Burmese military sets date for sham elections
By Myo Nyunt and Win Padauk Wah Han
Burma’s military dictatorship is preparing so-called elections on November 7, based on the sham 2008 constitution, which was crafted to further strengthen and legitimise permanent military power. Under that constitution, the military is guaranteed at least 25% of the seats. It is also likely that a large proportion of the remaining 75% will be taken by former military officers “retiring” to stand in the election.
Burma has been under military dictatorship for nearly five decades, starting from the repressive Ne Win regime in 1962. Every peoples’ struggle to remove the military dictatorship has been confronted with brutal repression. The most prominent struggles were the 8-8-88 (August 8, 1988) uprising led by students and the 2007 Saffron Revolution led by Buddhist monks. After the 1990 elections were won by Aung San Suu Kyi’s National League for Democracy (NLD), the military regime rejected the result. Many NLD leaders and prominent political activists have since been placed under house arrest or sentenced to long jail terms.
The income of 60% of the people is below the US$2-a-day poverty line. Their only remaining hope is that the illegitimate military regime will be overthrown. The election is a political game, a spectacle intended to provide only an illusion of change, with the help of the generals’ crony capitalist, bureaucratic government and political allies, the Union Solidarity Development Party (USDP), their own “civilian” party. There are no neutral election observers, no media freedom, no mass meetings, no real campaigning. What the generals are planning is to transform the army into a major political party. According to their agenda, the army will eventually become the major decision-maker on the political scene. Burma’s so-called disciplined democracy will be under the strict discipline of the army.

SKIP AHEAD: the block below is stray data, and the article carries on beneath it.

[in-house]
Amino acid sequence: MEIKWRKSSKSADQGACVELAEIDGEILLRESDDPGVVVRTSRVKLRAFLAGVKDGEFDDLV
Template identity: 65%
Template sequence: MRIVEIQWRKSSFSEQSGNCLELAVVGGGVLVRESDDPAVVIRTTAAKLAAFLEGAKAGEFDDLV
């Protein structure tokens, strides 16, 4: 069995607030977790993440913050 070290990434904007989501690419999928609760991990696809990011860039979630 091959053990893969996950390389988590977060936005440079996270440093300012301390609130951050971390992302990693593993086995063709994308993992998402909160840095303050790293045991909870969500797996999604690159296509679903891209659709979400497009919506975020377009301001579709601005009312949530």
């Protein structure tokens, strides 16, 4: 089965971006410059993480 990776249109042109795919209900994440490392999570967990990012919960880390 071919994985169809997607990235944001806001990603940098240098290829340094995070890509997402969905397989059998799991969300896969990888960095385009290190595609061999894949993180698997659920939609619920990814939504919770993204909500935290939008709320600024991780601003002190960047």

The generals more than anything else wanted the participation of the leading opposition parties, particularly in NLD, in the elections to create an aura of legitimacy. On the other hand, they are not in a position to amend, let alone get rid of, certain rules and regulations in their so-called constitution.
The NLD and other opposition parties demanded as a condition for participation in the elections the release of all political prisoners including Aung San Suu Kyi, the calling of a peoples’ assembly, an open dialogue regarding the 2008 constitution and free and fair elections under the watchful eyes of the international community. Not even one of these legitimate demands will be considered by the generals.
The National League for Democracy decided not to participate in the elections, but a fraction of the party decided to stand candidates under the name National Democratic Force (NDF) — a decision not supported by Aung San Suu Kyi, according to her lawyer.